More than 14 tourists were snatched Monday by some 200 Hutu rebels in what was described as a well-planned operation, reports CBS News Correspondent John Roberts. One group of rebels staged a raid on a nearby town to distract Ugandan forces, while another 100 went after the tourists.
Two Americans, four Britons, and two New Zealanders were killed Monday after the Congo-based Hutu rebels raided several tourist camps in a bid to undermine Rwanda's Tutsi-led government and its ally, Uganda.
At least six other tourists escaped, but three were still missing. Their nationalities were not known.
There were new details Wednesday as to why some were freed and others killed; the rebels were moving quickly and heavily, carrying their own wounded. The six who survived were at the front of the group. The eight who died were executed when they couldn't keep up.
A Ugandan commander said soldiers tracked the rebels to a base in Congo's Virunga National Park on Tuesday, killing some of the rebels as they scattered. Ugandan and Rwandan soldiers joined forces Wednesday to hunt down the killers.
Though Ugandan police initially said the tourists were killed in the crossfire of an army rescue attempt, Uganda's deputy chief of military intelligence, Noble Mayombo, on Wednesday acknowledged it was a mistake.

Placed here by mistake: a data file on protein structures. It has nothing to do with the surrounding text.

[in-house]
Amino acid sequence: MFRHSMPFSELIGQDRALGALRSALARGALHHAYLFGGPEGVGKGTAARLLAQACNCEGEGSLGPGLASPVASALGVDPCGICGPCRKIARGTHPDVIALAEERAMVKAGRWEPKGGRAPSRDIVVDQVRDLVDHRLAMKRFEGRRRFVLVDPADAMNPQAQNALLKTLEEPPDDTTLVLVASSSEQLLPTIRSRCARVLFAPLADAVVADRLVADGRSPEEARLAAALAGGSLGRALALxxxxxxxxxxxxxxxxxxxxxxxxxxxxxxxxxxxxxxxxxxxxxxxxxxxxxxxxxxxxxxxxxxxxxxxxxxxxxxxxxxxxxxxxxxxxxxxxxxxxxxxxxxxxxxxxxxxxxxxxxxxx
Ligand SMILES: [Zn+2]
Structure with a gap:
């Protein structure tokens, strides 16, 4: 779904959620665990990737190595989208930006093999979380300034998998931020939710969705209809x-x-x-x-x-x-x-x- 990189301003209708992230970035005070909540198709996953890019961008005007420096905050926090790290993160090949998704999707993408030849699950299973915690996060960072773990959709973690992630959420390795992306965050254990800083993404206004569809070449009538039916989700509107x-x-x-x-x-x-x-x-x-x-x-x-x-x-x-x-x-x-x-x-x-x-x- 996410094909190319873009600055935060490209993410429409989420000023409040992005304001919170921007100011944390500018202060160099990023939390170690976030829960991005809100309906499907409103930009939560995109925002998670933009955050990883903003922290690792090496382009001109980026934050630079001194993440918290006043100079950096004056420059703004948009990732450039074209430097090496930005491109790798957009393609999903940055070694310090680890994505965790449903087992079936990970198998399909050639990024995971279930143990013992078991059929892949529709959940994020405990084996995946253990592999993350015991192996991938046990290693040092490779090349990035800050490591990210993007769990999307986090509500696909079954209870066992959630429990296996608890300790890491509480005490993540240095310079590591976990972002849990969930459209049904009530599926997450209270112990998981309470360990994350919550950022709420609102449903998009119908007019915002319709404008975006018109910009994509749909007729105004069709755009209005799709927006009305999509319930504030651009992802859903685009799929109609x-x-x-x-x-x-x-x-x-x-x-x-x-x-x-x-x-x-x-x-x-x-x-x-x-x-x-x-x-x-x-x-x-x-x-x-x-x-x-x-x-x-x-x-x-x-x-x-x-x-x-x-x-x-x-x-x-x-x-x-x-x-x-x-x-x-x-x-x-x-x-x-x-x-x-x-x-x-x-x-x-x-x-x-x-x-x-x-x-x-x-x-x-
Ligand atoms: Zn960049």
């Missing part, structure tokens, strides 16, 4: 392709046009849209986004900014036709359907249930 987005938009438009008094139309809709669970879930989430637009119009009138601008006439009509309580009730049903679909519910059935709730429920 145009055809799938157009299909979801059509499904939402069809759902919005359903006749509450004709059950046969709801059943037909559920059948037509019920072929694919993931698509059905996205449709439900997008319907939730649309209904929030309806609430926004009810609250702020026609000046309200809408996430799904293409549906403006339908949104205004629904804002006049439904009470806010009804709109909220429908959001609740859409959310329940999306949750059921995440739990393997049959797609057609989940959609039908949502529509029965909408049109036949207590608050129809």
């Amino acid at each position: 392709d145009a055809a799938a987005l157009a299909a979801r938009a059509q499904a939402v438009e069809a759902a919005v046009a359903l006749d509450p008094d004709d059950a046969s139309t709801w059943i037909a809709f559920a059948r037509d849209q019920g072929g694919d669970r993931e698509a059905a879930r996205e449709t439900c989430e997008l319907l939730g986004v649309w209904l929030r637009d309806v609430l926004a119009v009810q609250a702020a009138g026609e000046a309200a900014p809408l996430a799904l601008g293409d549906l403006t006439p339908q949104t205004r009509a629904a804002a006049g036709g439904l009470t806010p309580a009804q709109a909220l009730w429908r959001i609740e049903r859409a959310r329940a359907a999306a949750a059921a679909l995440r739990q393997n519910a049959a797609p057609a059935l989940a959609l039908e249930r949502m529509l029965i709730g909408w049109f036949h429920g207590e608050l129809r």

Meanwhile, written messages left on the mutilated bodies of the victims were an ugly warning in a place of breathtaking beauty: "Americans and British, we don't want you on our land. You support our enemy."
Mark Ross, an American-born tour operator and pilot who was among the survivors, said in Kampala that the rebels rounded up tourists from several camps and marched them through the jungle. He saw five bodies, their heads crushed and bodies deeply slashed, with no signs of gunshot wounds.
A U.S. embassy official in Kampala said an FBI team had arrived in the area to investigate how the tourists were abducted and killed. The official could not say how many agents were involved in the investigation.
The two dead Americans were Rob Haubner, 48, and his wife, Susan Miller, 42. Haubner's company, Oregon-based Intel Corp., said they were on their third trip to Africa.
Ugandan officials said three tourists, all men, were still missing.
The tourists were abducted at campgrounds on the edge of Bwindi National Park, known as the Impenetrable Forest, the starting point for visitors hoping to glimpse the 320 mountain gorillas that remain along the border mountain's slopes.
The rebels are Hutu fighters who fled Rwanda after killing more than 500,000 minority Tutsis and politically moderate Hutus in the 1994 genocide there. They are angry at Uganda fosupporting the Tutsi-dominated Rwandan government, and have been carrying out cross-border raids from bases in eastern Congo, often ambushing vehicles and kidnapping or killing passengers.